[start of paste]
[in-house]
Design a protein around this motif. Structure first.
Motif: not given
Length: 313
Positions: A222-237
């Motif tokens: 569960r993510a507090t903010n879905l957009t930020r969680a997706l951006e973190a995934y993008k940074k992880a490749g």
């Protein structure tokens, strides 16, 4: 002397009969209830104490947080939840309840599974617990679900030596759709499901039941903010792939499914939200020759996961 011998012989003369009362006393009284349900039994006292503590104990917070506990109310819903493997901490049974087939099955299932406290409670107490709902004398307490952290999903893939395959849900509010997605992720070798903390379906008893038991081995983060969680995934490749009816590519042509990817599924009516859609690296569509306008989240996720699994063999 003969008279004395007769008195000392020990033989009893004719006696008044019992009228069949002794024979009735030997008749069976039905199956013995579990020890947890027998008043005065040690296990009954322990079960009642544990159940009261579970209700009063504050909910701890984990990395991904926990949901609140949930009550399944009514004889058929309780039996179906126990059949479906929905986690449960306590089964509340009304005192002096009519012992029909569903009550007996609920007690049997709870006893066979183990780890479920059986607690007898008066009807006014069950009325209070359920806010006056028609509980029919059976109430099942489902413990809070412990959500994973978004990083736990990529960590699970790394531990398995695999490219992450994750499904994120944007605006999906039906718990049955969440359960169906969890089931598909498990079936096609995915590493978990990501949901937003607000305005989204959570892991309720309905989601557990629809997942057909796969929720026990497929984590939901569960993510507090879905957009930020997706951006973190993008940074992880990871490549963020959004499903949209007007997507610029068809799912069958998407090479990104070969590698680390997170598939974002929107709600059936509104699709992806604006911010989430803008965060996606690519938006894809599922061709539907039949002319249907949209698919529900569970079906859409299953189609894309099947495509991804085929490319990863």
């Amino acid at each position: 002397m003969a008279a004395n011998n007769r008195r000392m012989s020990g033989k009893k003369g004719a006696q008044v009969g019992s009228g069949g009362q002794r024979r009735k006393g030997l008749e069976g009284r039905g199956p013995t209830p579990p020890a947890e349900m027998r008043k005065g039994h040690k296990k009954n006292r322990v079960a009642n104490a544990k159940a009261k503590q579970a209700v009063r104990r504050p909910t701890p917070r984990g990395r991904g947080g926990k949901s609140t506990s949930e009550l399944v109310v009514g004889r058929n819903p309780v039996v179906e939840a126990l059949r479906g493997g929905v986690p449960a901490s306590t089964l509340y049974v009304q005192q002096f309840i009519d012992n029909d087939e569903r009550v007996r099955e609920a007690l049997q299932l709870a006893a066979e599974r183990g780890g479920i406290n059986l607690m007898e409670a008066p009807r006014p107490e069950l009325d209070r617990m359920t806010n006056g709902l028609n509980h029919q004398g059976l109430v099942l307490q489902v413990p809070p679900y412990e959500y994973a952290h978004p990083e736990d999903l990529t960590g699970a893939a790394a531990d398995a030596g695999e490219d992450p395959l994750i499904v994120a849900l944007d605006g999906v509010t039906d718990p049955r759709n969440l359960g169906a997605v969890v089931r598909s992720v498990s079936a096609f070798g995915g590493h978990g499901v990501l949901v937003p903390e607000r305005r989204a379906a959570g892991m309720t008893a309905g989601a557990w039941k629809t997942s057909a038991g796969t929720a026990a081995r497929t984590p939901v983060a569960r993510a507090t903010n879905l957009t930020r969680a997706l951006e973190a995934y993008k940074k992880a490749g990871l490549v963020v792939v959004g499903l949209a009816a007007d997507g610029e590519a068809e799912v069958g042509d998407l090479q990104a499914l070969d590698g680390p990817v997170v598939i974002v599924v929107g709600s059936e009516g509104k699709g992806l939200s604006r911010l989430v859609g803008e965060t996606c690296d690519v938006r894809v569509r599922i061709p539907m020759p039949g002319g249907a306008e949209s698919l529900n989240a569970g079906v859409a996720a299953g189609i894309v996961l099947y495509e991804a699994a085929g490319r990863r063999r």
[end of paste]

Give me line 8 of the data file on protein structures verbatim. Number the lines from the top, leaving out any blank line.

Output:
């Amino acid at each position: 002397m003969a008279a004395n011998n007769r008195r000392m012989s020990g033989k009893k003369g004719a006696q008044v009969g019992s009228g069949g009362q002794r024979r009735k006393g030997l008749e069976g009284r039905g199956p013995t209830p579990p020890a947890e349900m027998r008043k005065g039994h040690k296990k009954n006292r322990v079960a009642n104490a544990k159940a009261k503590q579970a209700v009063r104990r504050p909910t701890p917070r984990g990395r991904g947080g926990k949901s609140t506990s949930e009550l399944v109310v009514g004889r058929n819903p309780v039996v179906e939840a126990l059949r479906g493997g929905v986690p449960a901490s306590t089964l509340y049974v009304q005192q002096f309840i009519d012992n029909d087939e569903r009550v007996r099955e609920a007690l049997q299932l709870a006893a066979e599974r183990g780890g479920i406290n059986l607690m007898e409670a008066p009807r006014p107490e069950l009325d209070r617990m359920t806010n006056g709902l028609n509980h029919q004398g059976l109430v099942l307490q489902v413990p809070p679900y412990e959500y994973a952290h978004p990083e736990d999903l990529t960590g699970a893939a790394a531990d398995a030596g695999e490219d992450p395959l994750i499904v994120a849900l944007d605006g999906v509010t039906d718990p049955r759709n969440l359960g169906a997605v969890v089931r598909s992720v498990s079936a096609f070798g995915g590493h978990g499901v990501l949901v937003p903390e607000r305005r989204a379906a959570g892991m309720t008893a309905g989601a557990w039941k629809t997942s057909a038991g796969t929720a026990a081995r497929t984590p939901v983060a569960r993510a507090t903010n879905l957009t930020r969680a997706l951006e973190a995934y993008k940074k992880a490749g990871l490549v963020v792939v959004g499903l949209a009816a007007d997507g610029e590519a068809e799912v069958g042509d998407l090479q990104a499914l070969d590698g680390p990817v997170v598939i974002v599924v929107g709600s059936e009516g509104k699709g992806l939200s604006r911010l989430v859609g803008e965060t996606c690296d690519v938006r894809v569509r599922i061709p539907m020759p039949g002319g249907a306008e949209s698919l529900n989240a569970g079906v859409a996720a299953g189609i894309v996961l099947y495509e991804a699994a085929g490319r990863r063999r």